Cary OKs littering ban

Restrictions placed on how newspapers can be delivered

CARY – Littering is now illegal in town.

The Village Board Tuesday enacted a littering ordinance that carries a $25 to $500 fine if a person is caught violating the rules.

The village previously did not have a ordinance.

The ordinance also would ban throwing or depositing handbills, such as advertisement materials or leaflets, on vacant private property. Handbills have to be given directly to property owners or occupants or be left on doorknobs.       

Village staff began considering a littering ordinance after it received complaints of unwanted news publications in green bags being left in front of houses.

Deliveries were made repeatedly to vacant homes in the foreclosure process, leading to unsightly debris in parkways, driveways and other parts of residential properties, village staff said.

Under the new ordinance, newspapers can be delivered for free, but have to be distributed in a manner to prevent the papers “from being carried or deposited by the elements upon any street, sidewalk or other public place or private property."

"The ... ordinance does not restrict deliveries from occurring, but it does place requirements on how the deliveries are made as related to creation of litter or a nuisance," according to a memo from staff to village trustees.

Village Administrator Chris Clark said the ordinance would be helpful in making sure publications are distributed appropriately.

"I do believe it will provide some value to us in terms of regulating how these newspapers are thrown on certain properties," Clark said. "It will give us some ability in some of the more challenging cases to properly, through code enforcement, deal with the issue."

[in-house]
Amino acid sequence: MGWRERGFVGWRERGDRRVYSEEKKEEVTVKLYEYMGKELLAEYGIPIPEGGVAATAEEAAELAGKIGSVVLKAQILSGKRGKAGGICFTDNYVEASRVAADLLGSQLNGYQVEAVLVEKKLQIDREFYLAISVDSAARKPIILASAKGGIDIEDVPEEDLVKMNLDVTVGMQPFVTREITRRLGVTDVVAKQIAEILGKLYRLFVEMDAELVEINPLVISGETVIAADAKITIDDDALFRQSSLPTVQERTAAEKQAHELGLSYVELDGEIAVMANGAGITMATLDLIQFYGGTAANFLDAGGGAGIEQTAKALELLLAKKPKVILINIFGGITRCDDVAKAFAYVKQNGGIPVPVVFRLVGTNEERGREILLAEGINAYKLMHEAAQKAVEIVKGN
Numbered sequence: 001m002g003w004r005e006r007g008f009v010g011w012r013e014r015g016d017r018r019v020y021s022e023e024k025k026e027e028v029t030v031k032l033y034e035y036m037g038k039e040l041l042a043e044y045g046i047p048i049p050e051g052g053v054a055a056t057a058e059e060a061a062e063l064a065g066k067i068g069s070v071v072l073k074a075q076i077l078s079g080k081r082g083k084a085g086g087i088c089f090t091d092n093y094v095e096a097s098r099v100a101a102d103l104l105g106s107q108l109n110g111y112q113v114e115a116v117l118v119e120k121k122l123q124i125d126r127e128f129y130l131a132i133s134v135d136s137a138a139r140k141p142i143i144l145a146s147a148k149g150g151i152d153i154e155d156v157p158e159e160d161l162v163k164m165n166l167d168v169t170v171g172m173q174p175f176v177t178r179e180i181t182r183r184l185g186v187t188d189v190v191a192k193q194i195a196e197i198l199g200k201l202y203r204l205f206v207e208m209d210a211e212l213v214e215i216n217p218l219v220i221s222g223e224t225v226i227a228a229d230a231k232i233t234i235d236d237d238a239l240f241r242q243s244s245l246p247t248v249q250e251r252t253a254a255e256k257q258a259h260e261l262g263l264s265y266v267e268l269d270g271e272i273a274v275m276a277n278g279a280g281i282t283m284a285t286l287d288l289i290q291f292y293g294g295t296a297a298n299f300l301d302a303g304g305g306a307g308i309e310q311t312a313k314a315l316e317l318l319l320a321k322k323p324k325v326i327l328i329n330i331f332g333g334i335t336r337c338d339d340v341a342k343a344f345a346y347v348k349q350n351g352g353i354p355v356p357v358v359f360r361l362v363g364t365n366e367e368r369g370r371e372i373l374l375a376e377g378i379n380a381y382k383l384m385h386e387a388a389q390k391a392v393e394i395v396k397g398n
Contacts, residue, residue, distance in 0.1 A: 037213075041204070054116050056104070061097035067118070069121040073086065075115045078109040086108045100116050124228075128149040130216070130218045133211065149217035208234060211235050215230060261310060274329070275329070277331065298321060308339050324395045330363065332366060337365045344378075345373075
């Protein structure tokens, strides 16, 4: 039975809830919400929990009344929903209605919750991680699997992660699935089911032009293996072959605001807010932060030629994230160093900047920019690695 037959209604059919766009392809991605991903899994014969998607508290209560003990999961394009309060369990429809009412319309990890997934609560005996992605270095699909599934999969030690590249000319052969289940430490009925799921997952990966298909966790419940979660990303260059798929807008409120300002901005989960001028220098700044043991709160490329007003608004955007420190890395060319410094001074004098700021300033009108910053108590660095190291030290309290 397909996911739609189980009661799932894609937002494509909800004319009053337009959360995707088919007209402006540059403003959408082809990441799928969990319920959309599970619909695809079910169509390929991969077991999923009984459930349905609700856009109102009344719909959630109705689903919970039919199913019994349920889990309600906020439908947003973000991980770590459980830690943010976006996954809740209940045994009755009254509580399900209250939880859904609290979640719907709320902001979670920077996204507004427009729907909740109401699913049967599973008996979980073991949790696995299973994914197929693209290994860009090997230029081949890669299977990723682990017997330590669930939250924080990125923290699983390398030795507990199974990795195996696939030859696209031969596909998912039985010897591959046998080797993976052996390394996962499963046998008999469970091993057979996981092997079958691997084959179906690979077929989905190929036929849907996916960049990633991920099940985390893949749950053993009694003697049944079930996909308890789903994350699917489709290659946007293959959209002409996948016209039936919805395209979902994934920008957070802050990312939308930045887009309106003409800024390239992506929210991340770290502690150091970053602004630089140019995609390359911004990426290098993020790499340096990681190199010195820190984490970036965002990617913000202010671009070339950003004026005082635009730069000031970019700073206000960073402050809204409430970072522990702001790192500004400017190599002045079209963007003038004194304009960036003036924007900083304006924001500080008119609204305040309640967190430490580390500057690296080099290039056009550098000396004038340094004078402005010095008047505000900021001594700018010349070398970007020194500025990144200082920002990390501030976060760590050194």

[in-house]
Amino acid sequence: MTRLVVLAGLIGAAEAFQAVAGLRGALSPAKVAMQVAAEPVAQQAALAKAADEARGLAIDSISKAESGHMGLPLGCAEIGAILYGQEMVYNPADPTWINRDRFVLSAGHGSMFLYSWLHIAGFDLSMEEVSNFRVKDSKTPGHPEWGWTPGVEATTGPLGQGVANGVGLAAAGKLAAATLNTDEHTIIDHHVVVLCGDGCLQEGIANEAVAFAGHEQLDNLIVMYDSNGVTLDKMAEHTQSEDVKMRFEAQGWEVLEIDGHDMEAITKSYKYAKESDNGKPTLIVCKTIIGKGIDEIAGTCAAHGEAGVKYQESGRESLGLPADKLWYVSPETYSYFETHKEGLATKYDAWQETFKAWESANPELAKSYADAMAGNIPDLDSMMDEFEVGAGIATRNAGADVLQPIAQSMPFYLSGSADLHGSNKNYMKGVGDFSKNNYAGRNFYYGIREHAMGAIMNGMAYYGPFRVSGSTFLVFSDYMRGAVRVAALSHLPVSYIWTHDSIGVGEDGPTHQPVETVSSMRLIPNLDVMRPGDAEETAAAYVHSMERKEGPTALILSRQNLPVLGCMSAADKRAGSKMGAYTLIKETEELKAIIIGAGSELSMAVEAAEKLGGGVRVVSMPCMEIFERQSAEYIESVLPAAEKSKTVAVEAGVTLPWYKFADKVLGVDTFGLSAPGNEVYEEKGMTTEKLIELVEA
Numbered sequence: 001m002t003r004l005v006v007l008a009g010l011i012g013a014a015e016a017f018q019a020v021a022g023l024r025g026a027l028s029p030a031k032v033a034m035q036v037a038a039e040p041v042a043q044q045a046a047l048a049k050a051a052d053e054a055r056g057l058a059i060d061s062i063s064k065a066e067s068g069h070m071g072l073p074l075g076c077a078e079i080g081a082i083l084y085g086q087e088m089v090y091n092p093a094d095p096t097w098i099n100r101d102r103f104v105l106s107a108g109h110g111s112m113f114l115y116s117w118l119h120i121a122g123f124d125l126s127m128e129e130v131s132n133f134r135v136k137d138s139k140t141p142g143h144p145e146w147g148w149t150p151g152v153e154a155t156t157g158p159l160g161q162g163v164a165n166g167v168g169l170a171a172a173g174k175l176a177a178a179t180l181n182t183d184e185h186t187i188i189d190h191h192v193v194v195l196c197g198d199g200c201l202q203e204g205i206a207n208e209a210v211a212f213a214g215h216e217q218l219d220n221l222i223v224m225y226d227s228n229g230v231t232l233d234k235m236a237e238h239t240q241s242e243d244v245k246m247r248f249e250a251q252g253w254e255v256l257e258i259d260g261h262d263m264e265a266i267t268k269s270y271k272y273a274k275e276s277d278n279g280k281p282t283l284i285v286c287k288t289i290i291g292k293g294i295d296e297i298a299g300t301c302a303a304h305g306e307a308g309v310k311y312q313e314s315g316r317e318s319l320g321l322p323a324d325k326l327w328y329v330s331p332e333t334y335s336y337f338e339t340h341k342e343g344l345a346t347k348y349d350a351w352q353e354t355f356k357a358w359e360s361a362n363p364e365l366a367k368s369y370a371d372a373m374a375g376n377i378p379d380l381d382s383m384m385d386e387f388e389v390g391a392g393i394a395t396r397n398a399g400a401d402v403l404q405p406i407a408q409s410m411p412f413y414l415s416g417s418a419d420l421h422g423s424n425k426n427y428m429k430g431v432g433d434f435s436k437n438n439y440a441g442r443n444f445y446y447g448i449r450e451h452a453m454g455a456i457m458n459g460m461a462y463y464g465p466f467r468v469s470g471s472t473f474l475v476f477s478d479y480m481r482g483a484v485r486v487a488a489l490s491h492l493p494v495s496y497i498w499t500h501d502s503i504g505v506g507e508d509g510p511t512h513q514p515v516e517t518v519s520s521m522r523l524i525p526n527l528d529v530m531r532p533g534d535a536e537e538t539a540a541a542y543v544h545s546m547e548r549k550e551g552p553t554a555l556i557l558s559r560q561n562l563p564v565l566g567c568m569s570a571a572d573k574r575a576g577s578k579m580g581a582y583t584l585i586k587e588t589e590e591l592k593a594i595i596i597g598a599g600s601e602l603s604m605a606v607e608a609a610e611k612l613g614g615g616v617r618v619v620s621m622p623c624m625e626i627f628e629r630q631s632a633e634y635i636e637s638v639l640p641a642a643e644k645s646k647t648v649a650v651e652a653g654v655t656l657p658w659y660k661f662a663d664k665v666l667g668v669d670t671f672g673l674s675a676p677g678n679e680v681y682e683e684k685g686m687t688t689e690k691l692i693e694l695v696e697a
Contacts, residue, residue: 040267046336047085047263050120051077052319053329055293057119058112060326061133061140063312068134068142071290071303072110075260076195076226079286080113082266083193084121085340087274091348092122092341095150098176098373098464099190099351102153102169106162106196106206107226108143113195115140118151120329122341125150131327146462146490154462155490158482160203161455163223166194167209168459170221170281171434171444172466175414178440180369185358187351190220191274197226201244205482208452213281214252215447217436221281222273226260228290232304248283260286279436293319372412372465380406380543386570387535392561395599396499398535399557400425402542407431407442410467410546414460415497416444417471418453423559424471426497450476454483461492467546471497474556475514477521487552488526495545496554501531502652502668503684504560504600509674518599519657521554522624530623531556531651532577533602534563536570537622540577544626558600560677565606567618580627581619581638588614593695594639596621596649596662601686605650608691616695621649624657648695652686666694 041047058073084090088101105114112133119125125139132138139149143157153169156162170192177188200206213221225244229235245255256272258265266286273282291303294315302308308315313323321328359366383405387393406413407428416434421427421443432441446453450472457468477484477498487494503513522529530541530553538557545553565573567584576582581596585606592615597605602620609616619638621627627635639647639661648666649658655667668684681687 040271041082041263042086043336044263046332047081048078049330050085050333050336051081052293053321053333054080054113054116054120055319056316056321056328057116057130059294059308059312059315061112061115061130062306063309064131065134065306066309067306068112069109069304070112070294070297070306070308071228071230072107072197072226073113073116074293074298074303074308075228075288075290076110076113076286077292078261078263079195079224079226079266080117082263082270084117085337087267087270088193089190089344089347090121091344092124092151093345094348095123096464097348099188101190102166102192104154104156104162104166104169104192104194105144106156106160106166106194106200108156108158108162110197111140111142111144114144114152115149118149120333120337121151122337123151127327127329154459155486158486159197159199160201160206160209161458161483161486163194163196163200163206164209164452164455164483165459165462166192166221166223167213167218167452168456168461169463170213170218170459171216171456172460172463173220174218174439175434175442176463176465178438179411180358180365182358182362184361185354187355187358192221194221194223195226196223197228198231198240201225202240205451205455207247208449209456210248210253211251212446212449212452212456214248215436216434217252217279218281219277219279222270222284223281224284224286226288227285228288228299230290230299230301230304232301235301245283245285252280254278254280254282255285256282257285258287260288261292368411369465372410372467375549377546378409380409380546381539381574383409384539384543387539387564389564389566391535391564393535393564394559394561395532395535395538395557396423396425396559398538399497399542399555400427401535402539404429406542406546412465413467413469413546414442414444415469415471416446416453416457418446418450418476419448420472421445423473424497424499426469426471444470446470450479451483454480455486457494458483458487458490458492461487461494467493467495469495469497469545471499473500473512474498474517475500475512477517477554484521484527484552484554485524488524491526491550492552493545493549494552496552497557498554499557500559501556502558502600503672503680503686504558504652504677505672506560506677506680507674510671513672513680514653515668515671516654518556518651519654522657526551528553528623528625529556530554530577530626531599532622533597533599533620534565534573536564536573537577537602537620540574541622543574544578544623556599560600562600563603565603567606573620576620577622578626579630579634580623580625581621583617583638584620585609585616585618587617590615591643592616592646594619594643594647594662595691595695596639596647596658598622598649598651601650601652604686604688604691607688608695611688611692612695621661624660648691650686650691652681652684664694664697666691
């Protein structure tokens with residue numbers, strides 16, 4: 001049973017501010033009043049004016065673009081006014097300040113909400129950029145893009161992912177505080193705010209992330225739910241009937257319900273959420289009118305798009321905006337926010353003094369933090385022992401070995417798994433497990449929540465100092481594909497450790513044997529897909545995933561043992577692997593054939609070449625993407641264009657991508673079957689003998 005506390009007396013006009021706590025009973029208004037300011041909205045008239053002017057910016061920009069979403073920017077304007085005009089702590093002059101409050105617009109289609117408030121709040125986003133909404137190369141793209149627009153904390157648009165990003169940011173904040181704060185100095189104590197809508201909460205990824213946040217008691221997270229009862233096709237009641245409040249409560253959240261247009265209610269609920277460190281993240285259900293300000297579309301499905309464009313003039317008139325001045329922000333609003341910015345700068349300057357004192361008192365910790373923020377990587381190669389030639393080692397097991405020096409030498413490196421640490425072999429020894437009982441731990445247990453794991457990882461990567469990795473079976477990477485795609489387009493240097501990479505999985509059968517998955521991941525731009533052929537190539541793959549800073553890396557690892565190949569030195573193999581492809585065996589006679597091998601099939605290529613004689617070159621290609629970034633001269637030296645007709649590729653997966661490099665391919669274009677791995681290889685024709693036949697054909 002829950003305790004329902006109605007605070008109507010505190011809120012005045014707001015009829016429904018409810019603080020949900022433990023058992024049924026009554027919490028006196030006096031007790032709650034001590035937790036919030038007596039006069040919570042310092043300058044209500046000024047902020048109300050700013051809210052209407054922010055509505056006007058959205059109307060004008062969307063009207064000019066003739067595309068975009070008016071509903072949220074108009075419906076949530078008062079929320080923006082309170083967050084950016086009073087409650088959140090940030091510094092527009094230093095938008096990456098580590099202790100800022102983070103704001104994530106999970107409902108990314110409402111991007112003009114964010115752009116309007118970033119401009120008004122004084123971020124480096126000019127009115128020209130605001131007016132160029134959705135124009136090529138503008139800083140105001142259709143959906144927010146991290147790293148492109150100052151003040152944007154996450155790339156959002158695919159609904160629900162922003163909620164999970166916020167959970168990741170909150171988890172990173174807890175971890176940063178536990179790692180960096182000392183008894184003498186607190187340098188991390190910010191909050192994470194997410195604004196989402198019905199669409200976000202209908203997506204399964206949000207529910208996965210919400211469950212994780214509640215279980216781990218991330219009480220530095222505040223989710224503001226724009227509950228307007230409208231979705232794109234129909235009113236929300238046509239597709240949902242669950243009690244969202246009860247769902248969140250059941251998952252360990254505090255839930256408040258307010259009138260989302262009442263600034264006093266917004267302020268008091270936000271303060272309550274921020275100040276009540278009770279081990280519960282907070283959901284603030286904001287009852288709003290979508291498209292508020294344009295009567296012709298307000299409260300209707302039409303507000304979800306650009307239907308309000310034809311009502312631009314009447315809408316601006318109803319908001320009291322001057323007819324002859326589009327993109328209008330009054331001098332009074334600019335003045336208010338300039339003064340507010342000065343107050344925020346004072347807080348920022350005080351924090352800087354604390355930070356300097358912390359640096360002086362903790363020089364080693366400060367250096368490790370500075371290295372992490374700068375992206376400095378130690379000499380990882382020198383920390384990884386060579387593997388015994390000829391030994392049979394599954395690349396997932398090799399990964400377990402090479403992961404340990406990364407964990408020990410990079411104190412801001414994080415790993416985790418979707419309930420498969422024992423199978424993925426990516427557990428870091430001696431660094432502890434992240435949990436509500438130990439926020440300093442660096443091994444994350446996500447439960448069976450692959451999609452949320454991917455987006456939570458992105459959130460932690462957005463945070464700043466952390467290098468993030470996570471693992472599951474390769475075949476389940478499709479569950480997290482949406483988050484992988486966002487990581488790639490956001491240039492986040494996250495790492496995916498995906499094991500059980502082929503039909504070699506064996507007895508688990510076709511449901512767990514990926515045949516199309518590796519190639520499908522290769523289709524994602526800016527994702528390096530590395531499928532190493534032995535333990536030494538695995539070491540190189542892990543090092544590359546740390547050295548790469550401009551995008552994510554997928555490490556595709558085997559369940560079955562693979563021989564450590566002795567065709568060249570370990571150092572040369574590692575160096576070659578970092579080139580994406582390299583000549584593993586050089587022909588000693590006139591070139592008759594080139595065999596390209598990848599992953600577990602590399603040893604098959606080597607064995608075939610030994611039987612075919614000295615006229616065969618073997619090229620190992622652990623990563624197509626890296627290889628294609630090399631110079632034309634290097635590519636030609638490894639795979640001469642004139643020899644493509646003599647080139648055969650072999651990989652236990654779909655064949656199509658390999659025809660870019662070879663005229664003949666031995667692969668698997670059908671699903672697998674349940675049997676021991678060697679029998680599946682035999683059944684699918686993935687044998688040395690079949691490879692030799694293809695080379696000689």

Trustee David Chapman had concerns the ordinance would affect businesses and people who place fliers on cars as a way of advertising and marketing.

During the meeting Tuesday, however, the ordinance was adjusted to allow people to place fliers or handbills on vehicles as long as they are secure on the vehicle, such as underneath the wiper blade.

"We do have several of our [businesses] that use that as part of their marketing, especially as part of the new business openings," Chapman said.

In other action, the village board agreed to work with the park district to reconstruct Briargate Road and the Cary Community Center parking lot by approving an intergovernmental agreement.

Under the planned project, the village would pay for costs associated with the Briargate Road improvements from Tiger Trail to the southern limits, and the park district would pay for improvements east of the road right-of-way, which includes paving a 70-space parking lot.

To move the project forward, Christopher B. Burke Engineering has begun the design work. Construction is expected to begin the first week of September.

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